This article is more than 1 year old

Watford Electronics left debts of £3.5m

Administrators hang on to stock

The figures also showed it had "identified" £105,141 of trade debt "not cleared in prior years".

Together with "write-offs", this meant a "total prior year adjustment" of £199,913.

Trade sources say that in the wake of these figures, credit insurers, led by Euler Trade Indemnity started cutting back Watford's insured cover carefully, so as not to frighten anyone into a rout. Euler refused to comment.

The whole channel was rooting for Watford, not the least because it would have been better for everyone if it had been able to trade out of its troubles and keep buying local stock to the tune of £50m.

Andrew Child, director of credit insurance broker Aon Trade Credit, said credit insurers were keen to do what they could for Watford.

"There were meetings discussed with [Watford's] directors. There was a decision to keep the company afloat," he said.

But the meetings, which were scheduled last week, were cancelled at the last minute without explanation.

After the collapse of names such as Tiny, Time (Granville), Elonex and now Watford, Britain's once hopeful PC industry has been crushed by competition from international behemoths.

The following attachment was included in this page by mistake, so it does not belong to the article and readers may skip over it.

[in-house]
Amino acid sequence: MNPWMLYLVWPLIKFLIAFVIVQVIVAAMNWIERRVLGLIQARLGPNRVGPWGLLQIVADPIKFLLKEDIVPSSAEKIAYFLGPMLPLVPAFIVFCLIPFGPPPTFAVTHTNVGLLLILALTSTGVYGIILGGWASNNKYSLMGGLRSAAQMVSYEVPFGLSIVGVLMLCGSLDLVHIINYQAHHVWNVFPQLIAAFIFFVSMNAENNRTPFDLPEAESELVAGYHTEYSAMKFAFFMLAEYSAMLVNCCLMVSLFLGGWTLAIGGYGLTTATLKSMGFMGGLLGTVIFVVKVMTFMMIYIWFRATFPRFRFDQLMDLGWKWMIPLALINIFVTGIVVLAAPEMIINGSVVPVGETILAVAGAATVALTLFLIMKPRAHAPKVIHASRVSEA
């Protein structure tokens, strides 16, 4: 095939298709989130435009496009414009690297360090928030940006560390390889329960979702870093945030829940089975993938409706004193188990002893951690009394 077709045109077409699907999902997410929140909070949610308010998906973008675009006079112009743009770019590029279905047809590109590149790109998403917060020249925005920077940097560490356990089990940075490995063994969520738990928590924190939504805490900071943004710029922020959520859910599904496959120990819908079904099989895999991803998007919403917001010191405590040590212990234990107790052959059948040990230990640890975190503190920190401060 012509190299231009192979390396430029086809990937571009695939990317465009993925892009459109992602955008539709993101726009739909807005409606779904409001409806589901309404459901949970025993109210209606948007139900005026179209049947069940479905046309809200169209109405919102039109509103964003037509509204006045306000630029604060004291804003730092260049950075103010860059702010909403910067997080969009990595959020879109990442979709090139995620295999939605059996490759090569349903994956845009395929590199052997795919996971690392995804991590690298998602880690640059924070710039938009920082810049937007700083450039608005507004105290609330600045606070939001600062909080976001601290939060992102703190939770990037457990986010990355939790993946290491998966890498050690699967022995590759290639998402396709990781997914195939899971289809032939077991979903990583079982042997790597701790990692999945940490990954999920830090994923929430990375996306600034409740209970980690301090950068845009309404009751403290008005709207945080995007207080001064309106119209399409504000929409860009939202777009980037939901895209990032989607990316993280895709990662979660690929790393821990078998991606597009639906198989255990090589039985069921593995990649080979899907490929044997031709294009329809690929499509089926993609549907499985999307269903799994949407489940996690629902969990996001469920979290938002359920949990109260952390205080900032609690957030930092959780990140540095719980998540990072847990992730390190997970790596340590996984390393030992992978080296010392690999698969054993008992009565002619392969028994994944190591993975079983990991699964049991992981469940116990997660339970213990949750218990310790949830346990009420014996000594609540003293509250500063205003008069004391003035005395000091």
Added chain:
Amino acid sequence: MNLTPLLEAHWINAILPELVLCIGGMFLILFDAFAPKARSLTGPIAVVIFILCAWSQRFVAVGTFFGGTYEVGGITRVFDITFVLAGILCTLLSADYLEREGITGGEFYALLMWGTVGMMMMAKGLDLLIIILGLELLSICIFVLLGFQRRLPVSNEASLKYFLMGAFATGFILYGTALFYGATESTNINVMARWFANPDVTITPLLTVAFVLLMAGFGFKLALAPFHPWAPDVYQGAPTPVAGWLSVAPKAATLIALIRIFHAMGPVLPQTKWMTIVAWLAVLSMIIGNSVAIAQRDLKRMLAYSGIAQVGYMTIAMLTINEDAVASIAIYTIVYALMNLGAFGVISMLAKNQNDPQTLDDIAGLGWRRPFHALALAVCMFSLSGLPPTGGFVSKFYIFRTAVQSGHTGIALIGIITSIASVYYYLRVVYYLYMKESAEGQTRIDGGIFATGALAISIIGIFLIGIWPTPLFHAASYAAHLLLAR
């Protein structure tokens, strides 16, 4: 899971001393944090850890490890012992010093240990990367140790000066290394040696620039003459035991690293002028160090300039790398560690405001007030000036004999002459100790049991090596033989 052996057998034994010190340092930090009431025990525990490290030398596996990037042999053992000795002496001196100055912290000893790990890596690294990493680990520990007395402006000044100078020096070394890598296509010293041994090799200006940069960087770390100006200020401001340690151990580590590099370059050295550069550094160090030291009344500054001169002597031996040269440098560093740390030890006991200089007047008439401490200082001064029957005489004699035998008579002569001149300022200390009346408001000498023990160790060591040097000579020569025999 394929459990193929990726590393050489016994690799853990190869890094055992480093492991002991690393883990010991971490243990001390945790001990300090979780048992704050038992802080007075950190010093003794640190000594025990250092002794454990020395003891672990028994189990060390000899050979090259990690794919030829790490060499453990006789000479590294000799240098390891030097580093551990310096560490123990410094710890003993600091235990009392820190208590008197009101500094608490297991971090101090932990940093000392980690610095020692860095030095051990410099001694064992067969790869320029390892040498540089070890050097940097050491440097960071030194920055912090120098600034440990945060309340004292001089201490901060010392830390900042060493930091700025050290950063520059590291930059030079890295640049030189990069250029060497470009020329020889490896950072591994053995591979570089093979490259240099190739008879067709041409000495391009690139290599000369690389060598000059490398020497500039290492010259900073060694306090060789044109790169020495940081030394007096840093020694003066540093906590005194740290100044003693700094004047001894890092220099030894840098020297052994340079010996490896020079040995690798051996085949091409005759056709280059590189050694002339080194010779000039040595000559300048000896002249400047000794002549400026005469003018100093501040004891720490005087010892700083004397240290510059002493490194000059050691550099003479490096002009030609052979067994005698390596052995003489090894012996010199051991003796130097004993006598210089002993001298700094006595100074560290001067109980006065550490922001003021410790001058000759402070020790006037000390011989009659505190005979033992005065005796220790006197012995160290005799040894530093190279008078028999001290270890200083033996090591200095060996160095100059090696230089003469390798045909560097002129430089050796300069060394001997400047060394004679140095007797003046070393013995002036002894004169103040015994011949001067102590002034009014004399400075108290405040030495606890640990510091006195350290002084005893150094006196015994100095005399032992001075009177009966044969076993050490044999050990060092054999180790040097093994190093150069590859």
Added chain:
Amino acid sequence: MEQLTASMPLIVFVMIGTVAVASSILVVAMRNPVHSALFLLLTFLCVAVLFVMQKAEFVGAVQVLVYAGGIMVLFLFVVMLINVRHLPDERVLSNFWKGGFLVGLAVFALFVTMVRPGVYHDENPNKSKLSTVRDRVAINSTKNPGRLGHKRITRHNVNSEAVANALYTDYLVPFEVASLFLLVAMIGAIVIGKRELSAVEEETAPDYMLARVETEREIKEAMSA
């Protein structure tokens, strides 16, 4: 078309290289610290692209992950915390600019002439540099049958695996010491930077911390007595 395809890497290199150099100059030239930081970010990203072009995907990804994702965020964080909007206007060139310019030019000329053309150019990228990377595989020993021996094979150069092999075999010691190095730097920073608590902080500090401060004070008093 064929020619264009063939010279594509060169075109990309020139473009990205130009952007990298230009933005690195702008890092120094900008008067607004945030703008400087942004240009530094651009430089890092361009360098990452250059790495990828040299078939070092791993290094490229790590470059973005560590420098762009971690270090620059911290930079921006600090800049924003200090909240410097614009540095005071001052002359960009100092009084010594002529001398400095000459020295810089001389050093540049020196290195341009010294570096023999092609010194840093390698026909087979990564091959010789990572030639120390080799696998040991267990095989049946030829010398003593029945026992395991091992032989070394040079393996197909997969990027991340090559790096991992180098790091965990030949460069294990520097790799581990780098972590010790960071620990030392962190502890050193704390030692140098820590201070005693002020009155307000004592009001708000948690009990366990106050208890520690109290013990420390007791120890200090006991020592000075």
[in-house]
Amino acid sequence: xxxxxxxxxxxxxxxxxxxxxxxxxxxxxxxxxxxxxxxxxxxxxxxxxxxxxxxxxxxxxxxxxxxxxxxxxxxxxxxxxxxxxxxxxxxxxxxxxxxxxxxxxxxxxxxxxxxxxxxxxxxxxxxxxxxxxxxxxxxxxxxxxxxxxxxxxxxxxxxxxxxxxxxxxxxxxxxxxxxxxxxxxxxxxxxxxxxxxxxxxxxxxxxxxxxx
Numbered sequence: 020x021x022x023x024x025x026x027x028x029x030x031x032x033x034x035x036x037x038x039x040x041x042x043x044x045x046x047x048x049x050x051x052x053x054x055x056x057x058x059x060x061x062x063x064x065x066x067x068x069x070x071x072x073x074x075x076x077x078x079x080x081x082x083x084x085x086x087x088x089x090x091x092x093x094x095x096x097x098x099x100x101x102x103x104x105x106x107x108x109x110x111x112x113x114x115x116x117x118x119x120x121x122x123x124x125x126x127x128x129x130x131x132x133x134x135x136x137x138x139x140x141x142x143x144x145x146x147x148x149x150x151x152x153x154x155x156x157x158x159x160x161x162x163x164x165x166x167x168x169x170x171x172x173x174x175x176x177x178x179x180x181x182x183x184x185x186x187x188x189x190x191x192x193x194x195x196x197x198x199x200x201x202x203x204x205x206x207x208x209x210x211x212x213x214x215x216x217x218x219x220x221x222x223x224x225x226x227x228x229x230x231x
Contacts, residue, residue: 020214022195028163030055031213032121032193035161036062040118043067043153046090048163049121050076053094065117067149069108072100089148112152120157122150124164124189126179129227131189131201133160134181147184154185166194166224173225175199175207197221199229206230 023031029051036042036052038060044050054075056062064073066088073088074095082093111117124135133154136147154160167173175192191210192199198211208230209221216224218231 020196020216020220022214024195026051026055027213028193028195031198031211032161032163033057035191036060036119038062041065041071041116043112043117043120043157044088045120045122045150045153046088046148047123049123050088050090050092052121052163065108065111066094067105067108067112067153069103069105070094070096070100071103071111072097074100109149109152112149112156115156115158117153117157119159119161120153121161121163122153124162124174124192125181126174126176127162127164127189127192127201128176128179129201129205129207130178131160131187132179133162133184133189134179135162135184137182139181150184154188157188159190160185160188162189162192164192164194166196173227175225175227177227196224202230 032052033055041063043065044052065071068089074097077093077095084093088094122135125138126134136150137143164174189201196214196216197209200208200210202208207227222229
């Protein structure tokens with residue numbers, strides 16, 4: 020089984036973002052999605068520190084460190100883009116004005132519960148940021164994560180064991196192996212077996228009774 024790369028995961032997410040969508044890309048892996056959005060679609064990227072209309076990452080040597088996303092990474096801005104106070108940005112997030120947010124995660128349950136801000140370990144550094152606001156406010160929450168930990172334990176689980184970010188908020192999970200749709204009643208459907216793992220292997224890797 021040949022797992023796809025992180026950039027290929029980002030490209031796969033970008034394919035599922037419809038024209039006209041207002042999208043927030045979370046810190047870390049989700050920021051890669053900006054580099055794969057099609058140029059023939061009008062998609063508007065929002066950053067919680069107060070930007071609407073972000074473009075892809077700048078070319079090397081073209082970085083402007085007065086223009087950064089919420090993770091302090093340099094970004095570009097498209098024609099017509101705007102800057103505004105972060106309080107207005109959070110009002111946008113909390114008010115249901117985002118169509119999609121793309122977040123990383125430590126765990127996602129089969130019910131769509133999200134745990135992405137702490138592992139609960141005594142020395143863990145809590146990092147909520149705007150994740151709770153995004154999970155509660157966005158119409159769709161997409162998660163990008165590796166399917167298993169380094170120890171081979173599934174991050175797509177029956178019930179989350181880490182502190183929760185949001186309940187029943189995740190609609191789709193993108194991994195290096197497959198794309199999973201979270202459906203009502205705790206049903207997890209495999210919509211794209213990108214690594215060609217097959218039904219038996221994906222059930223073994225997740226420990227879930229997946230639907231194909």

The thing all these firms had in common said Sukh Rayat, European boss of components supplier Avnet, was that they were all having to compete with "the big guys."

He blamed the manufacturers of the components that go in the PCs for sucking up to the global PC makers and making a rod for their own back.

"The vendors let it happen," he said, "And now the vendors are in the corner as well because the tier ones have got the power. It's a real vicious circle."

The managing director of another PC components distributor said the thing the recent collapses all had in common was the poor relations they managed with their creditors - they crossed their fingers and hoped for the best when they saw the ship was going down instead of turning to their closest allies - their suppliers - for help.

"We work very well with particular companies that are working appropriately, but we tend to be aggressive in these situations - where there's more transparency we work with them," he said.

Computer 2000, which with around £450,000 unpaid is thought to be Watford's largest creditor, had been taking that approach until the surprise arrival of administrators, said Phil James, the distributor's commercial manager.

"I would say that there's still room for these guys, but it's a concerning time for them," he said of the British PC and consumer electronics retail sectors.®

More about


Send us news

Other stories you might like